water drips though grounds) and the spout (where coffee comes out of the basket) with a damp cloth once a week or so; they have a tendency to collect gunk that affects flavor. If you have staining in your carafe that soap and water doesn’t remove, use a little baking soda to remove the buildup.
- Buy Whole Beans – Coffee stays MUCH fresher and tastes much better when kept whole for as long as possible. Keep it in an airtight container out of the sun and away from heat for the best flavor. (It is possible to keep whole beans in the freezer if you won’t drink them quickly enough. Make sure you remove the beans from the freezer and allow them to come to room temperature before grinding, or you’ll lose flavor. Also, I can’t stress this enough: NEVER KEEP GROUND COFFEE IN THE FREEZER. Seriously. Don’t do it.)
- Grind Coffee As You Use It – Coffee and spice grinders are really not expensive. You can get a pretty good one for around $15. Make sure you only use it to grind coffee, though; running spices through it will affect your coffee’s flavor no matter how many times it gets washed. Trust me.
- Use the Proper Filter and Grind – Many coffee filters now come with reusable filter baskets, which work, but I prefer an unbleached paper filter. It keeps all potential sludge out and doesn’t put any nasty chemicals in. Filters on drip coffee makers are either flat-bottomed or cone-shaped; flat bottom calls for a medium grind, cones for fine grind.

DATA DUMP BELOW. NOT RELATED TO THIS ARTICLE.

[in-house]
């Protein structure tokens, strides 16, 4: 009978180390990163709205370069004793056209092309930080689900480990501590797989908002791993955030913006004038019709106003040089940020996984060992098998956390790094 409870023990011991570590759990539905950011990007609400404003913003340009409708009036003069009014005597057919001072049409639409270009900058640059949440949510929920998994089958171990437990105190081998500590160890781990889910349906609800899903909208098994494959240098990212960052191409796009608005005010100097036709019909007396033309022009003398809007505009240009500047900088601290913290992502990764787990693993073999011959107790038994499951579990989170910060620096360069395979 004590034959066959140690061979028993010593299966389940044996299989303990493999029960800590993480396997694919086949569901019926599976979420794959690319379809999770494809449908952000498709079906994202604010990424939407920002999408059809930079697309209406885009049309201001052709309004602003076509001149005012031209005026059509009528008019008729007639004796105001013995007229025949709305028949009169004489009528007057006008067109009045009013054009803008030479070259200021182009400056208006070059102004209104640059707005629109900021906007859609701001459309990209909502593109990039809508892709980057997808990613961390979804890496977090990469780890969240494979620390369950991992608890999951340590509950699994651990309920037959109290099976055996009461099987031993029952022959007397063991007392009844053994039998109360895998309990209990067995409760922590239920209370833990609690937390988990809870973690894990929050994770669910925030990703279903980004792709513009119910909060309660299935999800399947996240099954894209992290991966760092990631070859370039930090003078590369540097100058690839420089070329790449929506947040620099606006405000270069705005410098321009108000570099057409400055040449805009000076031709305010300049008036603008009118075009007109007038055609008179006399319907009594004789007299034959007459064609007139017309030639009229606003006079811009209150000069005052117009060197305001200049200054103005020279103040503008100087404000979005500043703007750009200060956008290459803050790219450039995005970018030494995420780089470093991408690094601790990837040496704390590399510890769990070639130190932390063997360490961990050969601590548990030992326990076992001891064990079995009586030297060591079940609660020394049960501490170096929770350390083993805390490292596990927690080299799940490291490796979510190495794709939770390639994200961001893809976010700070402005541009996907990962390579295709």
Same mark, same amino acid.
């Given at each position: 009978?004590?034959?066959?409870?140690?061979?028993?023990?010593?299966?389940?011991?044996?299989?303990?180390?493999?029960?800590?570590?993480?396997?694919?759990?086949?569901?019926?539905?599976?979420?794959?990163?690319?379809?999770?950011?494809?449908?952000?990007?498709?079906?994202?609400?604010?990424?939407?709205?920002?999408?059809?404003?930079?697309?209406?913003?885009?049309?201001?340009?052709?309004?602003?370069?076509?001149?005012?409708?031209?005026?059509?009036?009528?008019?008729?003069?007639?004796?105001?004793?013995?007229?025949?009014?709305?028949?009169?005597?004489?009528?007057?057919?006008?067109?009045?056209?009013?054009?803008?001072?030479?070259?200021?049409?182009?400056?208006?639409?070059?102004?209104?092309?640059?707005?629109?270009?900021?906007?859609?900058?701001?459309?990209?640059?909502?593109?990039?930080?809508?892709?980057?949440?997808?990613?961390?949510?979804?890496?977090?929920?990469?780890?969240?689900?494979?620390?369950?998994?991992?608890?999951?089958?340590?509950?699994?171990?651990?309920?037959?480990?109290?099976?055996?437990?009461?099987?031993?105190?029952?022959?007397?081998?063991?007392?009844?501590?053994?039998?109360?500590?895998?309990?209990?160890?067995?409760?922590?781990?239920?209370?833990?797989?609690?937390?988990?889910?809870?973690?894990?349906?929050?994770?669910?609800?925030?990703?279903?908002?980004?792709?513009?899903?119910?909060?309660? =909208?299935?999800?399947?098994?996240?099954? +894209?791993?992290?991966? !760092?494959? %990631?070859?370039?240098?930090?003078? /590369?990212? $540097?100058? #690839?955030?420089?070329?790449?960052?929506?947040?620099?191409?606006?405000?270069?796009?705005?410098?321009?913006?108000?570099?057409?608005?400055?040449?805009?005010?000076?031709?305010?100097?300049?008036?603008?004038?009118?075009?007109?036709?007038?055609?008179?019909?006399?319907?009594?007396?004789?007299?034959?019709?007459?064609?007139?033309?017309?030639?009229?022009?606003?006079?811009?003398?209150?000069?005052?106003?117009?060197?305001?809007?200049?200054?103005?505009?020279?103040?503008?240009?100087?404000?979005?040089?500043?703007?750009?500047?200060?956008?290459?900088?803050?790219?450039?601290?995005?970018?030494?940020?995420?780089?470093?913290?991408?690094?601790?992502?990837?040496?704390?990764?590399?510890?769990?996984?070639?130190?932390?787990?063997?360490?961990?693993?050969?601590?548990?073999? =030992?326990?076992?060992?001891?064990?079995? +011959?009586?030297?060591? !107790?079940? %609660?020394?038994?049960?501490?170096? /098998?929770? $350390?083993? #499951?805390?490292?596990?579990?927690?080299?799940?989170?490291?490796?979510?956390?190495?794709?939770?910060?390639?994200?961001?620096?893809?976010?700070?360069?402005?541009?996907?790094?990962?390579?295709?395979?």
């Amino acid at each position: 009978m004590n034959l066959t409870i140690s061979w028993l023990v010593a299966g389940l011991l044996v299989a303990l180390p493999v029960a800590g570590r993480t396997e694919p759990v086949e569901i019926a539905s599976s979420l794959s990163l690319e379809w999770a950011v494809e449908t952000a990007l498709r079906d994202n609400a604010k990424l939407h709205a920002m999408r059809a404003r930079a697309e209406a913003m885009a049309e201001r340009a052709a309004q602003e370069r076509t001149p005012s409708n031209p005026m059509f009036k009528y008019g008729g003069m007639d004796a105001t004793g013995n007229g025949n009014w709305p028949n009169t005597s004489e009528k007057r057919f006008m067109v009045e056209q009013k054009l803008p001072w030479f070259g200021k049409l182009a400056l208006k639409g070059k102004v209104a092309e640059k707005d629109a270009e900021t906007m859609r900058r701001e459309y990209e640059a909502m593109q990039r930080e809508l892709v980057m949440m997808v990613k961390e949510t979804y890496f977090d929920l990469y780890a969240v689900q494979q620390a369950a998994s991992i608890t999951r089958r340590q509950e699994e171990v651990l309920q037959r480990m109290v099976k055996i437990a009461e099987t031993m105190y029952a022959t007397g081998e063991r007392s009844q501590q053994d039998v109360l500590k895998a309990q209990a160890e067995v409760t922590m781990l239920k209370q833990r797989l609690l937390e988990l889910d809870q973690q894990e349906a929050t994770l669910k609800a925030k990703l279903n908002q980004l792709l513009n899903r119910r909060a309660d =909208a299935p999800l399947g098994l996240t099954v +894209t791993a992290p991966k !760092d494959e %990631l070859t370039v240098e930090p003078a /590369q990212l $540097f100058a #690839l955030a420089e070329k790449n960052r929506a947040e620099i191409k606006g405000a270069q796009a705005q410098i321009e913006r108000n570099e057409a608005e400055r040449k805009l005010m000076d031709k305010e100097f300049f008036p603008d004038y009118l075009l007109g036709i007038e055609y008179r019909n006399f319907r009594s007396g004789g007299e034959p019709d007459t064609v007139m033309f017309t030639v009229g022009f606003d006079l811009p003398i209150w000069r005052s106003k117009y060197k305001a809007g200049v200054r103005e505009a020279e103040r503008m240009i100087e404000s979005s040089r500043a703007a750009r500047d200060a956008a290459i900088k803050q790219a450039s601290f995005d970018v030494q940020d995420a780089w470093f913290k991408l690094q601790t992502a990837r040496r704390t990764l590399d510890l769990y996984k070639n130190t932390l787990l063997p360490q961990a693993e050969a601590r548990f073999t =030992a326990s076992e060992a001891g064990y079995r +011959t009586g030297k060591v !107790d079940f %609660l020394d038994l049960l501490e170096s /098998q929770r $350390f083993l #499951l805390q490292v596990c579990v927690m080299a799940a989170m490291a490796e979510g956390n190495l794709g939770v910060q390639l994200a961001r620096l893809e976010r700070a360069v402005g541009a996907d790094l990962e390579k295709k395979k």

- Use Filtered Water – Coffee is, after all, mostly water. Use the best tasting water you can possibly get, free of chorine, lime, or sediments. This is why that $5 cup of coffee usually tastes better than what you make at home. Filtered water will also reduce or eliminate the scale inside the coffee maker.
- Measure Appropriately – Take the measuring spoon that came with your coffee maker, and throw it away. It’s useless. Measure 2 Tablespoons of ground coffee per cup into the filter. (Six cups of coffee = 12 Tablespoons of grounds, or ¾ cup) One cup of coffee is six ounces of water in this case, even if your coffee cup holds more.
- Remove from Hot Plate ASAP – Most coffee makers have a glass carafe and a hot plate to keep coffee warm, but what it really does is ruin coffee by burning it. Invest in a large thermos or thermal carafe, and pour the brewed coffee into it once it’s finished. These will keep the coffee hot for hours without burning it, and you’ll be much happier.
Now that you’re really enjoying drinking your coffee, you may be less inclined to cook with it, but this simple recipe is a good example of coffee’s versatility in the kitchen.
First, a coffee and spice rub that’s excellent on beef, particularly steak or hamburgers. In a small bowl, mix together: 1 Tbsp freshly ground coffee, 2 tsp packed light brown sugar, 2 tsp black pepper (freshly ground is best), ½ tsp ground coriander, ½ tsp dried oregano, ½ tsp fine sea salt. This can be made up to a week ahead of time if stored in an airtight container at room temperature. Season your meat with the mixture just before cooking for some truly delicious flavor.